English Control :

It appears first in the official English records in 1210 when King John laid siege to it and took control of what was then Ulster's premier strategic garrison. Following its capture, constables were appointed to command the castle and the surrounding area. In 1217 the new constable, De Serlane, was assigned one hundred pounds to build a new curtain wall so that the approach along the rock could be protected, as well as the eastern approaches over the sand exposed at low tide. The middle-ward curtain wall was later reduced to ground level in the eighteenth century, save along the seaward side, where it survives with a postern gate and the east tower, notable for a fine array of cross-bow loops at basement level.

A chamber on the first floor of the east tower is believed to have been the castle's chapel on account of its fine Romanesque-style double window surround, though the original chapel must have been in the inner ward. The ribbed vault over the entrance passage, the murder hole and the massive portcullis at either end of the gatehouse are later insertions started by Hugh de Lacey who died in 1248 and did not live to see its completion in around 1250. It was finished by King Henry III.

After the collapse of the Earldom of Ulster in 1333, the castle remained the Crown's principal residential and administrative centre in the north of Ireland. During the early stages of the Nine Years War (1595–1603), when English influence in the north became tenuous, crown forces were supplied and maintained through the town's port. And in 1597, the surrounding country was the scene for the Battle of Carrickfergus.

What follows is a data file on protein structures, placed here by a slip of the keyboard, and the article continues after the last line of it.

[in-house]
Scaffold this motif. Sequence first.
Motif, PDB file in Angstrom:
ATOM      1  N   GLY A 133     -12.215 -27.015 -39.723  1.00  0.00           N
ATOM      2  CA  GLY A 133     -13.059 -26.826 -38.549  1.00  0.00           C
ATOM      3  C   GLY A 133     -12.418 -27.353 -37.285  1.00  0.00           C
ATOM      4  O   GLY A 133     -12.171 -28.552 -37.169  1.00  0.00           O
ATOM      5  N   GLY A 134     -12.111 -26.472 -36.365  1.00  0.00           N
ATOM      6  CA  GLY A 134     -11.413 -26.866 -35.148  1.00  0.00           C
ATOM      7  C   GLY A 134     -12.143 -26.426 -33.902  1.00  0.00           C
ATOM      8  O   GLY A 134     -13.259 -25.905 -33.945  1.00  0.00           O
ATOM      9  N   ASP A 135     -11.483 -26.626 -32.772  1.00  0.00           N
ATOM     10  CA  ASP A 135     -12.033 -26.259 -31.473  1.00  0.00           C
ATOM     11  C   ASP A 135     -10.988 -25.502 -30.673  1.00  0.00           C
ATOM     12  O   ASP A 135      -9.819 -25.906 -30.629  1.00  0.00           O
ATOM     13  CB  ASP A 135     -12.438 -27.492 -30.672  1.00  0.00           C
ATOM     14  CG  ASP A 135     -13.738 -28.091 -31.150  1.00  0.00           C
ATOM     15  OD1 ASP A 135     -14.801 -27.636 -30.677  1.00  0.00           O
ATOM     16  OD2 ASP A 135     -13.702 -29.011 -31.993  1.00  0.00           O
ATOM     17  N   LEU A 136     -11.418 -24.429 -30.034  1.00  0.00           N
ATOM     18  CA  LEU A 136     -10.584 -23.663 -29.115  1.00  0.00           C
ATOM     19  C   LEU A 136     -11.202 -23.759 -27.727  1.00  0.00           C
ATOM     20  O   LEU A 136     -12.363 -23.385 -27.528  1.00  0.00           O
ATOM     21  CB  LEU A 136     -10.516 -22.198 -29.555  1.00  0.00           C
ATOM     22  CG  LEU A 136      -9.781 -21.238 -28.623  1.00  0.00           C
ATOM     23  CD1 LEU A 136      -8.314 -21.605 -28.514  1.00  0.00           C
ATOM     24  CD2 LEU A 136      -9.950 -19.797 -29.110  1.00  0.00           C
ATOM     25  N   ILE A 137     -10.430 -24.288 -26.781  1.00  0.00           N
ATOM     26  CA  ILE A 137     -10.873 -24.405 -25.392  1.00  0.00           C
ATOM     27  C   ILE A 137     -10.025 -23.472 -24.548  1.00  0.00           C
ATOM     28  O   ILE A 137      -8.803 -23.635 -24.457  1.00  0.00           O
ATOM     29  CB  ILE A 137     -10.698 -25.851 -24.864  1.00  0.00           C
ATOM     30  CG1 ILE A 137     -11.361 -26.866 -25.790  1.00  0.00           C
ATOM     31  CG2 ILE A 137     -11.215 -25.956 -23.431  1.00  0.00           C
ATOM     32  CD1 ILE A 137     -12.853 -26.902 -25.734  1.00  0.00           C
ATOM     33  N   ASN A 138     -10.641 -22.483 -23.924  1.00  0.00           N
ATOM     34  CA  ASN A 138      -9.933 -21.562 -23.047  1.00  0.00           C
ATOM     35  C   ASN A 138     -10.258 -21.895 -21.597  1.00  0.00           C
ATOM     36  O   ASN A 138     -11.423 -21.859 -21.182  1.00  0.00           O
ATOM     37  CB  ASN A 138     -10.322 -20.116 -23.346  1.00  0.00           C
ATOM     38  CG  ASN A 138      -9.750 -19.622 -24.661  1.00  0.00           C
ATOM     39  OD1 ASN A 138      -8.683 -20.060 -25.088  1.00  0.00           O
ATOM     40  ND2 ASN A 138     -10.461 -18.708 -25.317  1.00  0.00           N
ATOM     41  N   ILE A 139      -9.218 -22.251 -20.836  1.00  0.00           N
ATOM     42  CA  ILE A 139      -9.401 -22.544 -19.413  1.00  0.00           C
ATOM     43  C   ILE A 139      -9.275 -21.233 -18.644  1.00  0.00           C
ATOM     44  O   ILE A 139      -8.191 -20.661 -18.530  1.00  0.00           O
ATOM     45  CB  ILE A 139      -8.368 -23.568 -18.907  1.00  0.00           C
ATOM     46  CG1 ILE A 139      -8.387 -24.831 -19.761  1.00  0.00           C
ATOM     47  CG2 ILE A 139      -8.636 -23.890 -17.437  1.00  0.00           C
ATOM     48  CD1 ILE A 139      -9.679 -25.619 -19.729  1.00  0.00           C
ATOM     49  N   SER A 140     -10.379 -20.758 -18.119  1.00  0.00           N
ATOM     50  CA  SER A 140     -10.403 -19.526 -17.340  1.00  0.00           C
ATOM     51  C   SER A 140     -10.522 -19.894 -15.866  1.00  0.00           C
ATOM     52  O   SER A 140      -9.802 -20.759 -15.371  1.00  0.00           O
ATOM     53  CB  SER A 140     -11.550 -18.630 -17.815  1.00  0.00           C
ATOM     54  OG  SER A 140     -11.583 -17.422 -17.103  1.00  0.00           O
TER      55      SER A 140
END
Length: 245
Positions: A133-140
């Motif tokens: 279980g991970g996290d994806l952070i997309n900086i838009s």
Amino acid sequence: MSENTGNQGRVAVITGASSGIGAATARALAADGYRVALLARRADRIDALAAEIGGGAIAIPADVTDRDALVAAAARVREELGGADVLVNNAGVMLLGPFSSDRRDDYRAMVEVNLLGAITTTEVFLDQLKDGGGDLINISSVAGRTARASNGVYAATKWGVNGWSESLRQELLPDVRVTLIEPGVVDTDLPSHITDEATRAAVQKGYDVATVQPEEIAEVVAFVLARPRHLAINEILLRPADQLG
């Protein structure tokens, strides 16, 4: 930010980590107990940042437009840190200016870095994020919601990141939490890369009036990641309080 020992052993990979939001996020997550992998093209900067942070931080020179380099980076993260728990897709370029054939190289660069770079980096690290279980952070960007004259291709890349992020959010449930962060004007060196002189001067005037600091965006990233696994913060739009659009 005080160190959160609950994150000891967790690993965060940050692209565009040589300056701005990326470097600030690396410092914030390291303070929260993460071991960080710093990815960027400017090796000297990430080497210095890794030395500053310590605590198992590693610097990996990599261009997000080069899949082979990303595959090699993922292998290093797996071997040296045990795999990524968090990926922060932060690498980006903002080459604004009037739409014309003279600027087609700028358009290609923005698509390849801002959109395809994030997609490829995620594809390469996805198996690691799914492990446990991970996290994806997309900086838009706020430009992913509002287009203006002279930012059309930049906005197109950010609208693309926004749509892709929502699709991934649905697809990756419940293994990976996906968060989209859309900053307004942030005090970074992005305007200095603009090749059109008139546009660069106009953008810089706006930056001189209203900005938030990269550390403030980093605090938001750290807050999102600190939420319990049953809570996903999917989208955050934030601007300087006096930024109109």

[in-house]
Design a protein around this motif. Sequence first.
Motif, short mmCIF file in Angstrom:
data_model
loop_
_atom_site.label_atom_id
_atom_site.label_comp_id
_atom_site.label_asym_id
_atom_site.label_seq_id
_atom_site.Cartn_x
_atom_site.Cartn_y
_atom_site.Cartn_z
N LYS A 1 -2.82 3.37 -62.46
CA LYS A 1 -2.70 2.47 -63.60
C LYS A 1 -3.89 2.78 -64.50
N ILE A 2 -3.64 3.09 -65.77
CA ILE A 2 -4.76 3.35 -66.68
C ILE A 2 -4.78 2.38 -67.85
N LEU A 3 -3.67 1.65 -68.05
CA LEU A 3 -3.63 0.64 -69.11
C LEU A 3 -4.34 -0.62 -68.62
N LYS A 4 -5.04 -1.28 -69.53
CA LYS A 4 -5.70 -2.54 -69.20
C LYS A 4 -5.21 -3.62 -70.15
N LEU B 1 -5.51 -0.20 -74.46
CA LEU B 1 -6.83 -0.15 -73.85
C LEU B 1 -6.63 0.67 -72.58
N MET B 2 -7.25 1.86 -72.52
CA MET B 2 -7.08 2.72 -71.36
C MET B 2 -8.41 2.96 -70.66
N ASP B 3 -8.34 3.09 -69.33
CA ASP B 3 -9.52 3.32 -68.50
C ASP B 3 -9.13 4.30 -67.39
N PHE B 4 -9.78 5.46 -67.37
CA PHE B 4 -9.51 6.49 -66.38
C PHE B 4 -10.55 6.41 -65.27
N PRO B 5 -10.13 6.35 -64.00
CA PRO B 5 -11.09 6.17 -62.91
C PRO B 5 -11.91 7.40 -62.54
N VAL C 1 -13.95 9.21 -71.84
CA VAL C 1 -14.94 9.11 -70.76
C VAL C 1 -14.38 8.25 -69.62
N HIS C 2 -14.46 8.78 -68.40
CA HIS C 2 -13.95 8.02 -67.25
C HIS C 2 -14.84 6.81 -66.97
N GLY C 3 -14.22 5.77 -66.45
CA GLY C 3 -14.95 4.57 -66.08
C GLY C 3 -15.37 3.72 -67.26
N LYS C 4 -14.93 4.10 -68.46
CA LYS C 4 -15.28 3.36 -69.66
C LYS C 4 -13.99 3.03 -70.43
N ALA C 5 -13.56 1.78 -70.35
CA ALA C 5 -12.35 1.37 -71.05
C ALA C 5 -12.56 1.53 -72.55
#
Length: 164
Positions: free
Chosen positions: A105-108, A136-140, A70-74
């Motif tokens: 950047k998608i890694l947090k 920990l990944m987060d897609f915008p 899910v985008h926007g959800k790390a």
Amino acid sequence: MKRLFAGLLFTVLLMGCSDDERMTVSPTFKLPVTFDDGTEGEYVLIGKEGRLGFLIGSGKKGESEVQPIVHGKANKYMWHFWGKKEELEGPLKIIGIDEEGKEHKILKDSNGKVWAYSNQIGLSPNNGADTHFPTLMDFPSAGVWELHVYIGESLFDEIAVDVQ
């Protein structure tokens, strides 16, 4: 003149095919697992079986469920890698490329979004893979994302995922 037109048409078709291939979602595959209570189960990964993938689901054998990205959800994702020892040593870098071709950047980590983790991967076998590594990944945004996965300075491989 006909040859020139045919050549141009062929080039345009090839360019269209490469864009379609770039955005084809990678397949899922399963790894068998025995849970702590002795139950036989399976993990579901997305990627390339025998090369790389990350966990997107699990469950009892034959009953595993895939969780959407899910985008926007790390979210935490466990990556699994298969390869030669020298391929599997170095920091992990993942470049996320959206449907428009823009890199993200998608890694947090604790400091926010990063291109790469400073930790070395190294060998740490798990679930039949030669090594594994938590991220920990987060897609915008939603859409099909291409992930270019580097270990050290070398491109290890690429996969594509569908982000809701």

During the sixteenth and seventeenth centuries improvements were made to accommodate artillery, including externally splayed gunports and embrasures for cannon, though these improvements did not prevent the castle from being attacked and captured on many occasions during this time. Marshal Schomberg besieged and took the castle in the week-long Siege of Carrickfergus in 1689. This is also the place where Schomberg's leader, King William III first set foot in Ireland on 14 June 1690.

In 1760, after fierce fighting in the town, it was surrendered to French invaders under the command of Francois Thurot. They looted the castle and town and then left, only to be caught by the Royal Navy.

In 1778, a small but significant event in the American War of Independence began at Carrickfergus, when John Paul Jones, in the face of reluctance by his crew to approach too close to the Castle, lured a Royal Navy vessel from its moorings into the North Channel, and won an hour-long battle. In 1797 the Castle, which had on various occasions been used to house prisoners of war, became a prison and it was heavily defended during the Napoleonic Wars; six guns on the east battery remain of the twenty-two that were used in 1811.

For a century it remained a magazine and armoury. During the First World War it was used as a garrison and ordnance store and during the Second World War as an air raid shelter.

Later Use :

It was garrisoned continuously for about 750 years until 1928, when its ownership was transferred from the British Army to the new Government of Northern Ireland for preservation as an ancient monument. Many of its post-Norman and Victorian additions were then removed to restore the castle's original Norman appearance. It remains open to the public. The banqueting hall has been fully restored and there are many exhibits to show what life was like in medieval times. It was built and re-built three times, and still stands today.